Notes on an Orphan Fawn

It has been slow at Psikeep. I am not sure I can get the Mushroom Wedding Arch finished before winter.  I am still without a vehicle and trying to get as many hours of work as I can in order to get the ranch truck up and running.

I saw the orphan fawn for the first time on September 19.

Several nights before I heard the neighbors poaching. I awoke as the first shot cracked into the night and a few moments later I heard the kill shot. The neighbor must have shot the mother while the fawn bolted away into the dark.

I provide water for the wild life and this time of year when there is little for the deer to eat I set out the alfalfa dust which  gathers at the bottom of the goat feeders. The goats are too spoiled to eat it.

I saw Scruff for the first time when he still had his spots. It was obvious that he was the orphan fawn from the poaching. He was alone and trying to follow another doe with her two fawns.  The doe would have none of it and kept trying to drive him off.  It did not look good for him. The best I could do was to try to leave him some food in the hope that he would get it before the other deer.

In the fall the deer are traveling in small herds consisting of a mother doe, her fawn or two that were born this year and yearling or two from the previous year. Sometimes a yearling buck is trailing behind the group at the start of the rutting season. 

Things got worse for Scruff. Several days later I saw that there was a wound on the back of his neck. I took this picture as he was eating from the chicken food set out below the porch.

Image of the orphan fawn with a wound on the back of the neck.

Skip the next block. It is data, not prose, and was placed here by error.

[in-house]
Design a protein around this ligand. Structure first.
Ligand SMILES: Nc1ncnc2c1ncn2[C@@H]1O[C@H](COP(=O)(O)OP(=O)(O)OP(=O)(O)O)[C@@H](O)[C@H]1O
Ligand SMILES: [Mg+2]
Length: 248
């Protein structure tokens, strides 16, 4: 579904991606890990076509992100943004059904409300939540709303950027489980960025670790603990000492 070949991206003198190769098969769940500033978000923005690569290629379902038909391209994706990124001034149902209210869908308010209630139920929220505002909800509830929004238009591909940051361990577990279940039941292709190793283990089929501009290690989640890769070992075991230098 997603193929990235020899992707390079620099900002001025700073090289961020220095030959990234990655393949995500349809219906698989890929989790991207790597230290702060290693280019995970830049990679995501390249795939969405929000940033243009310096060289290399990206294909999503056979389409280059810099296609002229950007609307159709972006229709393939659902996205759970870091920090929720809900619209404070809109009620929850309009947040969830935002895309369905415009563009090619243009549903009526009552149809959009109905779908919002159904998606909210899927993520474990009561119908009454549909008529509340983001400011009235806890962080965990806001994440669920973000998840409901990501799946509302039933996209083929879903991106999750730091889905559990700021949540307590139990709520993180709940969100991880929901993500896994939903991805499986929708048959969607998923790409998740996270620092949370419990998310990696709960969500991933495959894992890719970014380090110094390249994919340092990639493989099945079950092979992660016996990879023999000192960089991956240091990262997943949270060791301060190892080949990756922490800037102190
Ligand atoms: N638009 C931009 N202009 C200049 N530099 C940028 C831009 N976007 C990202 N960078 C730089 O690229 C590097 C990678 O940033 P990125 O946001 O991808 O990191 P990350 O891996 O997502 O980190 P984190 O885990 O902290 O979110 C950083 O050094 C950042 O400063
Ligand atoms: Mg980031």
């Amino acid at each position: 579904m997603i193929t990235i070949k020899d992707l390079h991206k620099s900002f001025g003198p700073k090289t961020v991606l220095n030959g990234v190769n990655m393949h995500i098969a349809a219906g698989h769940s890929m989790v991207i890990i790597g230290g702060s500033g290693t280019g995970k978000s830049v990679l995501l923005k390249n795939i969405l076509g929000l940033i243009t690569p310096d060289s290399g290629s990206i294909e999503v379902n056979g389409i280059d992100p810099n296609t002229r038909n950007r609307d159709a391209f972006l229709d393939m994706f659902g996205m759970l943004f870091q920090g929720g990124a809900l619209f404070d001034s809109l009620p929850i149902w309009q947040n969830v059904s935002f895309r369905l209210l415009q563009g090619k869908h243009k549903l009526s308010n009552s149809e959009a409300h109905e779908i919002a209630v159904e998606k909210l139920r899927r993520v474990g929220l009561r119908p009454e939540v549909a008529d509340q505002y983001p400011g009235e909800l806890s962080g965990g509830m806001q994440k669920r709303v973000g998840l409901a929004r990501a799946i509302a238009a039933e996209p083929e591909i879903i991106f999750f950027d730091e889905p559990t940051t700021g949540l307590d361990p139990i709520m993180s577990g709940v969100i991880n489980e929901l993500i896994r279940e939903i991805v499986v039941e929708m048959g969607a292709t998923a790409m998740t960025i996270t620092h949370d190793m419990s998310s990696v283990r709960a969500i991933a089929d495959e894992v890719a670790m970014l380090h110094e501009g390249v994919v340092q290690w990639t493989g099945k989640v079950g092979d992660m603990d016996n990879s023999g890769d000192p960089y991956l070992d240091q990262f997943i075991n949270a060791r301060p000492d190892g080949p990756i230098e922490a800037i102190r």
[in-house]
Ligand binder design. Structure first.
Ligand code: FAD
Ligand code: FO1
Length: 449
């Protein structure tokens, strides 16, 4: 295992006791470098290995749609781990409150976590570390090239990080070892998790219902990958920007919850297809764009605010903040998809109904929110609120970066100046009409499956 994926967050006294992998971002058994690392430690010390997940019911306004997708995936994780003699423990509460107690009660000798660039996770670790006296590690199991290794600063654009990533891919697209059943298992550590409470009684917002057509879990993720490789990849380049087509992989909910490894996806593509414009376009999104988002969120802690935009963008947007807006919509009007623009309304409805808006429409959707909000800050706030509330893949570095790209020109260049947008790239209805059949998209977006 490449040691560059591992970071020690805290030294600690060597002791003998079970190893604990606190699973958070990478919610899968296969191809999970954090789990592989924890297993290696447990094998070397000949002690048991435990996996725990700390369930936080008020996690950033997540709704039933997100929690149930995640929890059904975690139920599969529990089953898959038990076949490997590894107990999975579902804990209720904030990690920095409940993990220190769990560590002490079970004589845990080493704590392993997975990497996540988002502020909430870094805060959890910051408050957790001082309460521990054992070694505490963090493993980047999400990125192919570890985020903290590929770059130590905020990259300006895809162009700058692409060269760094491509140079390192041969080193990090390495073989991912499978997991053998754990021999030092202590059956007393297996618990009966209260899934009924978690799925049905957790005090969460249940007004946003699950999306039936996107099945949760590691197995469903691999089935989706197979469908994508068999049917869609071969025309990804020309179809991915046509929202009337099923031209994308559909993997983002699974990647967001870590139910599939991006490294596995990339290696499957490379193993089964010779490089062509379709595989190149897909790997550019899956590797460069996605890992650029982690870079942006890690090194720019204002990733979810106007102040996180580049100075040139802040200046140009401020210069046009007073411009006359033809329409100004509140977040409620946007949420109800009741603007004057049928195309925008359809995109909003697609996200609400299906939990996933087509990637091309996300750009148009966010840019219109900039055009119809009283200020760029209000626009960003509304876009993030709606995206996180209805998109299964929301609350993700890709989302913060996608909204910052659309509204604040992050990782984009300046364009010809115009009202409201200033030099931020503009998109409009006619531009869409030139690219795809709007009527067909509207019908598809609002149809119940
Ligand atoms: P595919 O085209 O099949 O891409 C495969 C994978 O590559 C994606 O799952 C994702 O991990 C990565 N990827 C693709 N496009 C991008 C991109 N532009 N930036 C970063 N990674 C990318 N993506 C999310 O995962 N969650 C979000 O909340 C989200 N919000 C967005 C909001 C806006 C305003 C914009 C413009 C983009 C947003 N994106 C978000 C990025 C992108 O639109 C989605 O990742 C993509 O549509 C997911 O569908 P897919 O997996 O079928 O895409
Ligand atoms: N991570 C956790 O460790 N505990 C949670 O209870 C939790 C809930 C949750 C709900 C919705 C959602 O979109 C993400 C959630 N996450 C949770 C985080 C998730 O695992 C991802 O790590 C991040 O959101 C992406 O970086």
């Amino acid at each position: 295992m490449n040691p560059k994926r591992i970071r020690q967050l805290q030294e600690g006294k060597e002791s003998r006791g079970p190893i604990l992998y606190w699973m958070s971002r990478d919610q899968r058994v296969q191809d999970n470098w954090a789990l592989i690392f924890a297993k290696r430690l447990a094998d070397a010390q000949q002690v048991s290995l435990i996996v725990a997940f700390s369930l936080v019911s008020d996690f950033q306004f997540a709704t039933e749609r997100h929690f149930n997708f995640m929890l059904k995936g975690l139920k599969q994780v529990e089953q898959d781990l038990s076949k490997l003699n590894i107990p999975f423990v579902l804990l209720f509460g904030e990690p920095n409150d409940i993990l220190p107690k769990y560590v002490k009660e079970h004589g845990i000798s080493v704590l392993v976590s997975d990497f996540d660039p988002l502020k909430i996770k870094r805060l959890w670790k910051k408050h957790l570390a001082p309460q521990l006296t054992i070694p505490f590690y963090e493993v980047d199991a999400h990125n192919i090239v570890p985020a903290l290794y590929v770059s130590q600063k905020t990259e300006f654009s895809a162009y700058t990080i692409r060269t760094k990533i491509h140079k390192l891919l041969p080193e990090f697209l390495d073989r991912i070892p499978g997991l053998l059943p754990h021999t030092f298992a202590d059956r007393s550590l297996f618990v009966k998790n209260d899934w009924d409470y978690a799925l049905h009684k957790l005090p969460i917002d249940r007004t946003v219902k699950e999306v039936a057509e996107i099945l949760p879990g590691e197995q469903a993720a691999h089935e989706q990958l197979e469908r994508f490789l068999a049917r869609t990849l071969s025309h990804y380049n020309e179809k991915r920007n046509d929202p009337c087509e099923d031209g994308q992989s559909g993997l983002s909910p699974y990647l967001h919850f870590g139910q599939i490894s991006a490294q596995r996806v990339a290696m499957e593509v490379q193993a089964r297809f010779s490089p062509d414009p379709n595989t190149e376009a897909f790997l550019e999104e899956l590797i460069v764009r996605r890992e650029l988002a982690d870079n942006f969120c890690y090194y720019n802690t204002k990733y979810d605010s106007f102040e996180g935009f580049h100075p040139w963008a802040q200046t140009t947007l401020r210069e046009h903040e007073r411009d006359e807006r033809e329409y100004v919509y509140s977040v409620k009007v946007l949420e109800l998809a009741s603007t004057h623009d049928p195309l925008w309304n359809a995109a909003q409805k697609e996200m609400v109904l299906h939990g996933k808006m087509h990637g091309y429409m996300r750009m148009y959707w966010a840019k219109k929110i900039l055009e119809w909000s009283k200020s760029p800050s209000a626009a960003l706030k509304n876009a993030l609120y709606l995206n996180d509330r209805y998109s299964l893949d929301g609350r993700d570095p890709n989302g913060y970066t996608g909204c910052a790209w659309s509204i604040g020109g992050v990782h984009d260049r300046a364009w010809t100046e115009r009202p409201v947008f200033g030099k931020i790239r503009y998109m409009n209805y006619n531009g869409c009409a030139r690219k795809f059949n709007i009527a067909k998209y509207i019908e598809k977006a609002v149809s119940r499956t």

View from the porch at Scruff below eating from the chicken food.

It looked like he had gotten into some bobbed wire or had some sort of skin outbreak like a mange on the back of his neck. You can see that the skin is red and there is some bleeding. There is a puncture wound but nothing is torn open.

Detail of  the wound on the back of the orphan fawn

Detail of the wound on the back of the orphan fawn

I thought of capturing him and trying to get him to a veterinarian. But deer, especially fawns, have a built-in system of dying of shock when they are too stressed. I have tried to help injured fawns in past and they usually die  before I can get help for them.  It is part of the evolution of deer since fawns are the prime food for predators. They are dealt a hand of mercy that they die before they are eaten alive.

I did not expect to see Scruff again. But two weeks later he was sighted eating the acorns under the oak trees. He had lost his spots and the wound was drying up. He was alone and somehow surviving.

Several days later I saw him  trailing a herd of deer. It looks like the little guy might make it.

Note: October 8, 2013
This morning I saw Scruff running with the same herd I saw him with a week ago. It looks like he has been taken in. The herd consists of an older female with two fawns born this year, two yearling females from last year, and a yearling buck attracted by the scent of the older female. 

Continued at More on Scruff.

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Posted on October 7, 2013, in Psi Keep Center for the Arts, Uncategorized, Wildlife and tagged , , , . Bookmark the permalink. 1 Comment.

  1. Keep your PSI on the Mushroom Wedding Arch. It sounds like it needs much work before winter sets in.

    Like

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